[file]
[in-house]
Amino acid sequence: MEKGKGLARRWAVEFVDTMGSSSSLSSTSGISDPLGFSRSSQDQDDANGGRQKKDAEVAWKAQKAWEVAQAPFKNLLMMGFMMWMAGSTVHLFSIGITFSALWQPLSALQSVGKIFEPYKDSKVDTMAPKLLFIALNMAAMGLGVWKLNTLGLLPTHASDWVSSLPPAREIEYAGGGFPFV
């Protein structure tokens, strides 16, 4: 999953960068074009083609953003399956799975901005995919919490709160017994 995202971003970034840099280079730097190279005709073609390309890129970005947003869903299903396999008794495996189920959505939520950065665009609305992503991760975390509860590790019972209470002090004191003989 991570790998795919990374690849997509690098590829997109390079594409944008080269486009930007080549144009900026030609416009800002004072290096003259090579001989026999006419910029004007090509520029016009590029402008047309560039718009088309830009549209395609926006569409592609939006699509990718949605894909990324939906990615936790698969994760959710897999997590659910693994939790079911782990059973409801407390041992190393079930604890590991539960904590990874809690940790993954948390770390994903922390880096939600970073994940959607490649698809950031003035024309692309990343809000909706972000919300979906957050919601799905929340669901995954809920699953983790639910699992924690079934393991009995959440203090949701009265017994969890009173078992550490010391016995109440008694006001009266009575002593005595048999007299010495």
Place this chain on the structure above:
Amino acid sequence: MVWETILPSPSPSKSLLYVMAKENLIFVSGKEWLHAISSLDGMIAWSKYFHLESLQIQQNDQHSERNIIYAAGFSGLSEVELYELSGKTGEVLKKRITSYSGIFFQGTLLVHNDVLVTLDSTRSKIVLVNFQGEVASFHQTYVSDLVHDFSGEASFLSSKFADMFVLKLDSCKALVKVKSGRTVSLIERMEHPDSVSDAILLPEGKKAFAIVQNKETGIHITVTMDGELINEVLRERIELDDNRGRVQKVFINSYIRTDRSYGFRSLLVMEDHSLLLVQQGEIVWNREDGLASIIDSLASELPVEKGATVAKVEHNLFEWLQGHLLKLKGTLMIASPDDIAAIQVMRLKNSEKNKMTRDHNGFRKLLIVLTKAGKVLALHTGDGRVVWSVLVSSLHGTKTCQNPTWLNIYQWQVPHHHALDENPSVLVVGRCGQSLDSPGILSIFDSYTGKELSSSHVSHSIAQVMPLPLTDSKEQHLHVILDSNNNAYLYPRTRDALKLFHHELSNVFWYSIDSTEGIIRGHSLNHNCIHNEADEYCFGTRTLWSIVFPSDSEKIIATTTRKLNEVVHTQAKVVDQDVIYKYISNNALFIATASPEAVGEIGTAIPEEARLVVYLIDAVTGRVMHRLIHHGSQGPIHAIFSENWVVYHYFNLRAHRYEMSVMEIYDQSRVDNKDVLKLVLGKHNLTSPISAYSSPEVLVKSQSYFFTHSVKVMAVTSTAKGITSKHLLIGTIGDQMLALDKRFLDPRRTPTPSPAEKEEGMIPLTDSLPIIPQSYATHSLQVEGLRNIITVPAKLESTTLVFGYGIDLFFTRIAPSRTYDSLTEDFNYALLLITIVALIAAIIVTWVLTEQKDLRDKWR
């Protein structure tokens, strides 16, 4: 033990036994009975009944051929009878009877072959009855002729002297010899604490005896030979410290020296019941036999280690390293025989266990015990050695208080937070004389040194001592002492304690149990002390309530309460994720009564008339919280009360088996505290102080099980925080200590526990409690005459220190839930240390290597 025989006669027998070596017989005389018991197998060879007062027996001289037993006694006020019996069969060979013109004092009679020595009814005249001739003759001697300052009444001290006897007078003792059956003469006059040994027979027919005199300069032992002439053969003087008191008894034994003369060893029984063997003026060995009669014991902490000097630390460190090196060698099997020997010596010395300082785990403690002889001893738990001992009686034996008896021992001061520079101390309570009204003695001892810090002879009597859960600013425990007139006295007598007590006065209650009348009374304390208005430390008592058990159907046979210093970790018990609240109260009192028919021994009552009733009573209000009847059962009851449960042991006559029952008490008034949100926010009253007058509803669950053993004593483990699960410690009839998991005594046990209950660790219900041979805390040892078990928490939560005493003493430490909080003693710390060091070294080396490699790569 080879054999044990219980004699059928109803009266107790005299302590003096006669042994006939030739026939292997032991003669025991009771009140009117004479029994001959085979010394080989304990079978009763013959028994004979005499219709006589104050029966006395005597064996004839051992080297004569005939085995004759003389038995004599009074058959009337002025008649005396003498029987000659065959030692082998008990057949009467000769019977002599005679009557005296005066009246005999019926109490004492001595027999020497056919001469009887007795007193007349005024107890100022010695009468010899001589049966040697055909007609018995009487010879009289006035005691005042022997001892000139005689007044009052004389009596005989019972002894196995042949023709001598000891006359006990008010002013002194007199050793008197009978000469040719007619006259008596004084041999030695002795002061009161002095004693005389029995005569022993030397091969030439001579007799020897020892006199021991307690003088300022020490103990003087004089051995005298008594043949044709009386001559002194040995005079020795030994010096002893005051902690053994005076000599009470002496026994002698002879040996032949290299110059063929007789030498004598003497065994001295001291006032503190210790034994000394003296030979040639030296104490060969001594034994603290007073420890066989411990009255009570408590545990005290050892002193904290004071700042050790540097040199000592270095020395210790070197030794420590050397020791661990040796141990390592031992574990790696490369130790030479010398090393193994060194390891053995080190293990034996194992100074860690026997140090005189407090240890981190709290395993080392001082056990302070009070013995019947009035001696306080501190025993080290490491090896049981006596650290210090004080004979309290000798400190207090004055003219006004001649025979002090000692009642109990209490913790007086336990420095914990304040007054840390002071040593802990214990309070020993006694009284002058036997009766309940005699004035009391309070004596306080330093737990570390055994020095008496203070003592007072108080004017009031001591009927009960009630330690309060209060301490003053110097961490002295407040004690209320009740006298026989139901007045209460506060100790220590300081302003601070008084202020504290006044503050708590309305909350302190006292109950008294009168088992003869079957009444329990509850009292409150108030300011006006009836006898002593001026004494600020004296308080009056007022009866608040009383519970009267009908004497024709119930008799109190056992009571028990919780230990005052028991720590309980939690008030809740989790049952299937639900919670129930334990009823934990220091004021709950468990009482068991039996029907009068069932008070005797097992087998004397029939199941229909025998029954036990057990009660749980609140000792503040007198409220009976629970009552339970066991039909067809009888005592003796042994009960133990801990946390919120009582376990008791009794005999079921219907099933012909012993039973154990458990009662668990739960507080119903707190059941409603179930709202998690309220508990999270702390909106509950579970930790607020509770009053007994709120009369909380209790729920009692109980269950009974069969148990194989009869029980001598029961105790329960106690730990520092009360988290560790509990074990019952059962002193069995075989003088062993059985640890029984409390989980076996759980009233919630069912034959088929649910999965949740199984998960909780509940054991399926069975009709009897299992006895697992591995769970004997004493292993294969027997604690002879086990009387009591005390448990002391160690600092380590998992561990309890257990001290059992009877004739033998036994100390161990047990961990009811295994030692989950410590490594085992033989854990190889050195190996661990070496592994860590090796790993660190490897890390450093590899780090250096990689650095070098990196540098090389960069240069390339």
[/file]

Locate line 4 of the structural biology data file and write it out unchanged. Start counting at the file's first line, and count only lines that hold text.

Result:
Place this chain on the structure above: